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Little film gems which escaped wide attention and perhaps yours too.
by greg moss
Under The Radar is a semi-regular post in which I bring to light little-seen films, which got lost in the crowd due to lousy distribution or were misunderstood at the time of their release, but which deserve to be seen for one reason or another.
First up this week …
THE KEEP (1983)
Directed by Michael Mann (Thief, Manhunter, Heat). Screenplay by Mann, based on the novel by F. Paul Wilson. It stars Jurgen Prochnow, Scott Glenn, Alberta Watson, Gabriel Byrne and Sir Ian McKellen.
A German army garrison, occupying a medieval Romanian fortress during World War II, find themselves picked off one by one by a terrifying force of evil. It is up to a mysterious ethereal stranger to bannish this ancient evil and spare humanity from unspeakable horrors.
Why it’s worth seeing:
Mann’s second feature (after his 1981 James Caan-starring heist thriller Thief), The Keep is a film which appears oddly out of place in the director’s oeuvre and one which Mann himself has seemingly ‘swept under the carpet’. It remains his only feature still to receive an official release on dvd (let alone blu-ray).
And yet, ironically, this has possibly worked in its favour, as it has gained somewhat of a cult following over the years.
As with all of Mann’s features, The Keep is visually sumptuous, with atmospheric lensing by Alex Thomson and surreal production design by John Box (Sorcerer) it evokes memories of Werner Herzog’s Nosferatu, in terms of creating a haunting dream-like ambience, which stays with you long after it has ended.
It was Mann’s intent to create ‘a fable for adults’ – one which broached the subject of absolute evil in the context of what was happening in Germany in the early years of World War II. In this way, he pretty much abandoned the novel’s Gothic tropes and opted instead to explore – for want of a better term – ‘the inherent potential of evil in men’.
In this respect, the film is a triumph – as it does indeed delineate the difference between the ordinary regular German soldier (Prochnow’s empathetic Woermann) and the psychopathic black-shirt Nazi Kaempffer (Gabriel Byrne).
Having never studied German history in high school – I was never aware there was a difference or that there were indeed elements within the regular German army who harboured feelings of dissent against Hitler’s regime.
So, in my mind at least, Mann achieved his intent.
And he really should be applauded for this.
Yeah – but is it scary?
Well … not particularly.
But there ARE moments which quicken the pulse – particularly the pivotal scene where the evil is released – a beautifully orchestrasted sequence made all the more effective by the use of music by Tangerine Dream.
But then, The Keep isn’t meant to be a horror-fest – as in the novel.
It’s more like a bad dream – as opposed to an all-out horror.
It is undeniably unsettling, and yet there are moments of sublime visual poetry – as in the scene where Molasar (the entity, not yet fully-formed) rescues Alberta Watson from a couple of Nazi soldiers intending to have their way with her. The seamless integration of music and visual effects (Molasar is portrayed as an imploding collumn of smoke with glowing eyes) creates a mesmerizing sequence of startling beauty.
As far as the actors go, Jurgen Prochnow gives it his all – a standout performance.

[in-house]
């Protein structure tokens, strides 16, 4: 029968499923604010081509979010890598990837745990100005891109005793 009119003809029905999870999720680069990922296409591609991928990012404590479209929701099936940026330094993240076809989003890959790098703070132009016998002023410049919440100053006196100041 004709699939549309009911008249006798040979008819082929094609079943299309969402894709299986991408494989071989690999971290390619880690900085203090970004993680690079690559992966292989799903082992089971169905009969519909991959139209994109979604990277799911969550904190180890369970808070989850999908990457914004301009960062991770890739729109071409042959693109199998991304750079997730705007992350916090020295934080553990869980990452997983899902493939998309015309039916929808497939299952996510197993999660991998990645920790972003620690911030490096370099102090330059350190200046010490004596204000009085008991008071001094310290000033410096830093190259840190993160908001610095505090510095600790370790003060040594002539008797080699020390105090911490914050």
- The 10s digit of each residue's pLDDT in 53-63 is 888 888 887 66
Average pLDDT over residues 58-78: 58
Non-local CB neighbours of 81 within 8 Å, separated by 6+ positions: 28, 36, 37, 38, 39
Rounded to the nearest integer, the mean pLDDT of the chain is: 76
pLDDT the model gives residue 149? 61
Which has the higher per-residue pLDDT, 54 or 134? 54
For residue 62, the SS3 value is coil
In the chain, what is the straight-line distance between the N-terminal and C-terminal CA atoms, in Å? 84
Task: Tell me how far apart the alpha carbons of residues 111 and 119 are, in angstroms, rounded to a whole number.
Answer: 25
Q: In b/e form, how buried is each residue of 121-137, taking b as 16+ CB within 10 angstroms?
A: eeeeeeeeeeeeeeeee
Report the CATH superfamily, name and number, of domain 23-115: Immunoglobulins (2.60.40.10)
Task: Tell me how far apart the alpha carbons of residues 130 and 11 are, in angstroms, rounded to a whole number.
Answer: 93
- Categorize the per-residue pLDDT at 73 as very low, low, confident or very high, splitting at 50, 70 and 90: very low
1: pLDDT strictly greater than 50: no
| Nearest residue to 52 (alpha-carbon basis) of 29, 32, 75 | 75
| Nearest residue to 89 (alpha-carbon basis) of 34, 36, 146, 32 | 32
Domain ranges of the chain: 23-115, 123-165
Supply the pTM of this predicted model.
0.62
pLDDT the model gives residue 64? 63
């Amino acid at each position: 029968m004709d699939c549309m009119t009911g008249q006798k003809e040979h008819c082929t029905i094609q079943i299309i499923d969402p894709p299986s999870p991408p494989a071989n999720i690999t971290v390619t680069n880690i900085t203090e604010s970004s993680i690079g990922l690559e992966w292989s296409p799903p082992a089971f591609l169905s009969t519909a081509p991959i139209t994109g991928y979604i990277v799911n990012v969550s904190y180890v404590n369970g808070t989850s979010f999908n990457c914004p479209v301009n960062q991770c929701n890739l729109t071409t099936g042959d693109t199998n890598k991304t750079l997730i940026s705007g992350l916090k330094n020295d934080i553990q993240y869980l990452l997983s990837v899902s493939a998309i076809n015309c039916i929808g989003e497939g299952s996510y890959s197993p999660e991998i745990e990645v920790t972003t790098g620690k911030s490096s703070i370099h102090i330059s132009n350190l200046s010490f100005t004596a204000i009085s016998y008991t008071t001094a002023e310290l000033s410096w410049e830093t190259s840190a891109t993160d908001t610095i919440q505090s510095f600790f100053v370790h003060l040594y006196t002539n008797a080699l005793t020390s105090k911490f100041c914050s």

He outshines the rest of the cast.
Summing up –
It’s a real shame Mann seems to have abandoned The Keep, as it seemed, at the time, to have been a highly personal project. Which is perhaps why he has indeed left it buried in obscurity.
Well worth a look though, if you can find it.
Next up …
THE ADVENTURES OF BUCKAROO BANZAI: ACROSS THE 8TH DIMENSION (1984)
Debut feature directed by W.D. Richter (screenwriter – Invasion Of The Bodysnatchers 1978, Dracula 1979, Big Trouble In Little China). Written by Earl Mac Rauch. It stars Peter Weller, Ellen Barkin, John Lithgow, Jeff Goldblum, Christopher Lloyd and Clancy Brown.
Just how do you describe this crazy movie in just a few lines?
Um … okay … how ‘bout this –
Scientist, brain surgeon, test pilot, inventor, rock star and all-round amazing dude, Buckaroo Banzai, must recover a stolen invention of his own design in order to stop a band of renegade alien beings from the 8th dimension (all named John) in returning home and overthrowing their own planet.
Why it’s worth seeing:
So what the hell exactly IS this film?
Well, essentially, it’s a comedy with science fiction overtones – played absolutely straight.
As Richter stated at the time of the film’s release, his aim was to drop the audience into a completely realised world, without providing any explanation or backstory to events as they unfold. Don’t get me wrong – there IS logic to everything which transpires, however, it is up to the viewer to pay close attention to every moment and every throwaway line of dialogue (which isn’t difficult, as virtually every line is a quoteable gem in itself).
It was precisely this ‘outside the square’ concept which bamboozled the distributor’s marketing department – they had no idea how to effectively promote the film.
The result being –
It never found an audience.
I remember seeing it in a small theatre, with only one other person present!
Buckaroo Banzai is yet another example of a film which was misunderstood at the time of its release, but which was essentailly ahead of its time and is only in recent years (thanks to dvd) being appreciated for the entertainingly clever hoot it is.
Greg Moss is a film school graduate with a background in directing music videos and is currently seeking representation as a screenwriter. He likes right-brained people, feeding the cat and watching genre movies.